https://www.avweb.com/news/pelican/182544-1.html

    https://www.avweb.com/news/pelican/182084-1.html

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  22. #22
    spinner2's Avatar
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    I’ve got about 750 hours with the Lightspeed system. They’ve been trouble-free. It was recommended that the leads from the coils to the plugs be replaced after 500 hours. I went longer than that and developed a miss that went away with new leads.

    Amp draw varies with rpm but falls between 3-5 amps.

    Fuel burn is amazingly low.

    Any electronic system is way ahead of mags. Mags are lawnmower technology.
    "Fast is fine, but accuracy is everything." Wyatt Earp
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  23. #23
    gdafoe's Avatar
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    Quote Originally Posted by spinner2 View Post

    Any electronic system is way ahead of mags. Mags are lawnmower technology.
    Until you have experienced an electronic system I don't think you can understand how much better the engine performs. Yes they still run fine with with the spinning magnet like they have for 75 years but the smoothness, fast starting, incredibly slow smooth idle, ability to run well with low fuel burn, will make you a believer. I think like spinner any of these new systems are way ahead of the very old technology we know and tend to be more comfortable with.
    Gerald

  24. #24
    aktango58's Avatar
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    It would be nice to have new technology, but just this morning, Merry Christmas by the way, I got out to my bird to come home from a couple days at the cabin. I had the heat on it all night, so the engine was above freezing- compared to below zero outside.

    Got the plane uncovered, packed up, dogs in, (I had both dogs with me), and no clicks when I turned on the master. To make it worse, no power anywhere.

    my options now were to hand prop her, take the battery out and to the cabin to try to charge, or carry the 100 lb gen set from the cabin a mile or so to the plane.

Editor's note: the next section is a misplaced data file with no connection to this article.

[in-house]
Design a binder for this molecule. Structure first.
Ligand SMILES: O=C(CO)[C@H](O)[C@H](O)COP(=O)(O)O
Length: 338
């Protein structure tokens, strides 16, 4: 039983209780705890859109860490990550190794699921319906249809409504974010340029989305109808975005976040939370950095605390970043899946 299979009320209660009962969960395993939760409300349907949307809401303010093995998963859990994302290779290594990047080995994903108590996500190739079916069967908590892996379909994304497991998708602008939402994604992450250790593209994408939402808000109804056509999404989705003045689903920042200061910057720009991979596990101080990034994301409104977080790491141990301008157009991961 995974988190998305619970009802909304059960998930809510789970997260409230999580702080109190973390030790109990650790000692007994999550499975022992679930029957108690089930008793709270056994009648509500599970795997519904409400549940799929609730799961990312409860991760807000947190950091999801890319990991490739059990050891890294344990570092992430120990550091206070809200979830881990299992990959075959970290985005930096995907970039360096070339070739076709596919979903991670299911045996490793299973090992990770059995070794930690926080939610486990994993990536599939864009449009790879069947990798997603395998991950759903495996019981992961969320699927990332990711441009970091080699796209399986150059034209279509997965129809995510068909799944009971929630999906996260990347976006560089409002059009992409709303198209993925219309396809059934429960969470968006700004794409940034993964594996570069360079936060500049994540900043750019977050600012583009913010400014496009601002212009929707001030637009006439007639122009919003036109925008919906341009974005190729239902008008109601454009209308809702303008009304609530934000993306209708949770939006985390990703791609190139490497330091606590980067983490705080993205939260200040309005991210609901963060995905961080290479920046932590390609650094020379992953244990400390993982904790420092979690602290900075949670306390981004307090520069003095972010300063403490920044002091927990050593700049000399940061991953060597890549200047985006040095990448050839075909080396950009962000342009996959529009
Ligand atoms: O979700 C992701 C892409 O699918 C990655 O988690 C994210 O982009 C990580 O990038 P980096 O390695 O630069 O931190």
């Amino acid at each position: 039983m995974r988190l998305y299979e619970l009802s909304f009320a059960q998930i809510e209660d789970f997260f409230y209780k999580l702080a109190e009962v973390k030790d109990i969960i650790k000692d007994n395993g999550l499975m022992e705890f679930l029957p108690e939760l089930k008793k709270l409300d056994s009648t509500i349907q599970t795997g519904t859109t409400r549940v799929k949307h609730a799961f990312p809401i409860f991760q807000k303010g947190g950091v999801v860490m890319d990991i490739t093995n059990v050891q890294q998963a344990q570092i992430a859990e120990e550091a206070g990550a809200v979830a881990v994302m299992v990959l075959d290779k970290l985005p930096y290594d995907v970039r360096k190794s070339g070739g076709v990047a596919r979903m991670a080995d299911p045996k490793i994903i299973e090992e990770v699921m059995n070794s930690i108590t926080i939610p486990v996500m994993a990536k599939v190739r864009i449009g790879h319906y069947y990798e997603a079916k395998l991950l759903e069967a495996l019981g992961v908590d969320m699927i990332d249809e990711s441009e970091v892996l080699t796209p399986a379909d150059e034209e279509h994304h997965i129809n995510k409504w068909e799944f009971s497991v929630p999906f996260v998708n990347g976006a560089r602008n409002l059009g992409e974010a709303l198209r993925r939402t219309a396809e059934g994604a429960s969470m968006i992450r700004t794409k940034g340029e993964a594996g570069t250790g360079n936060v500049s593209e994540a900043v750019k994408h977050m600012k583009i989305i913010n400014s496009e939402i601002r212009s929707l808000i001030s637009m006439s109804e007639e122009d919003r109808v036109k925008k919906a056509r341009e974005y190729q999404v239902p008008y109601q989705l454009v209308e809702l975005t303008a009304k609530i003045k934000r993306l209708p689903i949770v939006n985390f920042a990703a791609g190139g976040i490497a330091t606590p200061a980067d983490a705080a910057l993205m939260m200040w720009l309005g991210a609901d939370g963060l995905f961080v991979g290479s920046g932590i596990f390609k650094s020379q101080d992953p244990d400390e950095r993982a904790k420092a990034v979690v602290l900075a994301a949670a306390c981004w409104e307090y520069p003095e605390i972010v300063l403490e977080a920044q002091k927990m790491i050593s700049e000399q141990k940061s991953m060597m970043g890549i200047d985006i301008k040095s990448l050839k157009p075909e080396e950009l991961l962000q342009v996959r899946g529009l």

I know all you guys think it is not a big deal to just pull the battery and carry it to the cabin, but, I don't think I have a charger there now, so I would be doing something strange to charge it. Remember, we have very little day light to get anything done.

    If I were out in the brush camping, same issue comes about- unless I carried a gen set and charger.

    I really like being able to hand prop my plane. One blade and she was started and running; that is an O-540 by the way.

    Each of us choose what our primary goal and needs are. Good thing we have lots of options today.
    I don't know where you've been me lad, but I see you won first Prize!
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  25. #25
    gdafoe's Avatar
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    You are right akt there are things the old technology does very well and we are pretty used to ways to solve some of the weak points of it. However, this https://earthxbatteries.com/shop/earthx-jump-pack would solve the problem you had very well. This one is not at all the same as you buy at the autoparts store. Charge this up throw it in the back and when you need it a year or 2 later it will still start your 540 even in the super cold. If you can find it back there. I use that technology in my large RC model receivers and the self drain is virtually nil.
    Gerald
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  26. #26
    spinner2's Avatar
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    Quote Originally Posted by aktango58 View Post
    It would be nice to have new technology, but just this morning, Merry Christmas by the way, I got out to my bird to come home from a couple days at the cabin. I had the heat on it all night, so the engine was above freezing- compared to below zero outside.

    Got the plane uncovered, packed up, dogs in, (I had both dogs with me), and no clicks when I turned on the master. To make it worse, no power anywhere.

    my options now were to hand prop her, take the battery out and to the cabin to try to charge, or carry the 100 lb gen set from the cabin a mile or so to the plane.

    I know all you guys think it is not a big deal to just pull the battery and carry it to the cabin, but, I don't think I have a charger there now, so I would be doing something strange to charge it. Remember, we have very little day light to get anything done.

    If I were out in the brush camping, same issue comes about- unless I carried a gen set and charger.

    I really like being able to hand prop my plane. One blade and she was started and running; that is an O-540 by the way.

    Each of us choose what our primary goal and needs are. Good thing we have lots of options today.